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|I agree with your post.
Written by Patricia AA
(9/20/2010 9:09 a.m.)
in consequence of the missive, Wry humor, penned by Barb JA
I agree with your post--while the scene at Sotherton is not ROTFLOL funny, it does have a wry sense of comedy about it. It is a serious subject, portrayed with a light and deft hand that I deeply appreciated. After the very serious tone in the opening chapters, JA demonstrates her incredible range and talent with this scence.
Your quotes and observations on the Bertram sisters are spot on. They were brought up to be well-mannered and to understand their duty, but not to have the kinder feelings that would make the performance of the duty a joy, rather than chore. Contrasted with Fanny, who finds happiness in the most mundane of tasks--such as being a companion to Lady Bertram, they appear to great disadvantage.
As far as the sisters go, competition amongst siblings is not uncommon...especially over male attention. I am not so surprised that Maria and Julia feel and urge to compete; what is surprising is that only Fanny seems to recognize how inappropriate Maria's behavior is. I was deeply disappointed by Edmund's observation in Chapter 12:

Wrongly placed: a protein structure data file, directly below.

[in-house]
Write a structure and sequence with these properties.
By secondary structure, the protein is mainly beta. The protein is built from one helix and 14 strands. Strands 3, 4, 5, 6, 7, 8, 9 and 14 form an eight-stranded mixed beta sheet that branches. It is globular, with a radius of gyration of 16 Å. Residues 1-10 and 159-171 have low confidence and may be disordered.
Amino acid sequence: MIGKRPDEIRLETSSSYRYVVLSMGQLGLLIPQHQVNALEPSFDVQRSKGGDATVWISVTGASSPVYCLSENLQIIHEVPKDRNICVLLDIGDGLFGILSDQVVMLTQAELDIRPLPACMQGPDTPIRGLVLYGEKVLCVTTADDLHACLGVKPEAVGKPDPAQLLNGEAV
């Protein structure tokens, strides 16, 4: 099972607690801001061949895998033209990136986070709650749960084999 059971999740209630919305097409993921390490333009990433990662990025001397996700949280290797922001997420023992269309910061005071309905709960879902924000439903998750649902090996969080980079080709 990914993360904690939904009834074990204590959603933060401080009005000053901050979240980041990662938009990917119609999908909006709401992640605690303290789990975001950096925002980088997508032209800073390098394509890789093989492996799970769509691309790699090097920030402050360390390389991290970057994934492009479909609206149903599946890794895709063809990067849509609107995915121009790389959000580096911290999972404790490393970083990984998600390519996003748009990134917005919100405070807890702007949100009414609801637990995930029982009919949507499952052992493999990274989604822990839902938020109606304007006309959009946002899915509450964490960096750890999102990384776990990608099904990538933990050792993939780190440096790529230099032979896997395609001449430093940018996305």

“Which is, perhaps, more in favour of his liking Julia best, than you, Fanny, may be aware; for I believe it often happens that a man, before he has quite made up his own mind, will distinguish the sister or intimate friend of the woman he is really thinking of more than the woman herself Crawford has too much sense to stay here if he found himself in any danger from Maria; and I am not at all afraid for her, after such a proof as she has given that her feelings are not strong.”
All I can say in defense of Edmund, is that perhaps he really has not spent much time in the company of women and therefore doesn't understand that Henry Crawford is nothing more than what we today would describe as a "player" using sibling jealousy to his advantage.
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